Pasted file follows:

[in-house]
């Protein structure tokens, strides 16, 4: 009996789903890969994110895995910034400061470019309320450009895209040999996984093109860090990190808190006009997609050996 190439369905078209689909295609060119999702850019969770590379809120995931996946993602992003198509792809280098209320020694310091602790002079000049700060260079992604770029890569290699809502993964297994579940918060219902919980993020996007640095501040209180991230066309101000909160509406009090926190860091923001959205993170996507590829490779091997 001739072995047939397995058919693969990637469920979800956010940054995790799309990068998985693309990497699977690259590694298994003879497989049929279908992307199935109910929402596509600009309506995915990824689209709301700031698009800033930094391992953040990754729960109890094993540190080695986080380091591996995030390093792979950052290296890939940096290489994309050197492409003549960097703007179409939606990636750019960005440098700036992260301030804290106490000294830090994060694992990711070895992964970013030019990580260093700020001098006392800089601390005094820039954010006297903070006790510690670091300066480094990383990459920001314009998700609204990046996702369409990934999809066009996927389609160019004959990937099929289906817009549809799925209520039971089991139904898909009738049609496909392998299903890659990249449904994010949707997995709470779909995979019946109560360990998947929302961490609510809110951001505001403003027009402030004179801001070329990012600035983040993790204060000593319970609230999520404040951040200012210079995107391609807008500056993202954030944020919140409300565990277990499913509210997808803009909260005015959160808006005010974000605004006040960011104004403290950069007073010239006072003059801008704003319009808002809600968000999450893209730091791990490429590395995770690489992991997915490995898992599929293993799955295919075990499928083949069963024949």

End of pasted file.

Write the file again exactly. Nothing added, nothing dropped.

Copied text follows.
[in-house]
């Protein structure tokens, strides 16, 4: 009996789903890969994110895995910034400061470019309320450009895209040999996984093109860090990190808190006009997609050996 190439369905078209689909295609060119999702850019969770590379809120995931996946993602992003198509792809280098209320020694310091602790002079000049700060260079992604770029890569290699809502993964297994579940918060219902919980993020996007640095501040209180991230066309101000909160509406009090926190860091923001959205993170996507590829490779091997 001739072995047939397995058919693969990637469920979800956010940054995790799309990068998985693309990497699977690259590694298994003879497989049929279908992307199935109910929402596509600009309506995915990824689209709301700031698009800033930094391992953040990754729960109890094993540190080695986080380091591996995030390093792979950052290296890939940096290489994309050197492409003549960097703007179409939606990636750019960005440098700036992260301030804290106490000294830090994060694992990711070895992964970013030019990580260093700020001098006392800089601390005094820039954010006297903070006790510690670091300066480094990383990459920001314009998700609204990046996702369409990934999809066009996927389609160019004959990937099929289906817009549809799925209520039971089991139904898909009738049609496909392998299903890659990249449904994010949707997995709470779909995979019946109560360990998947929302961490609510809110951001505001403003027009402030004179801001070329990012600035983040993790204060000593319970609230999520404040951040200012210079995107391609807008500056993202954030944020919140409300565990277990499913509210997808803009909260005015959160808006005010974000605004006040960011104004403290950069007073010239006072003059801008704003319009808002809600968000999450893209730091791990490429590395995770690489992991997915490995898992599929293993799955295919075990499928083949069963024949």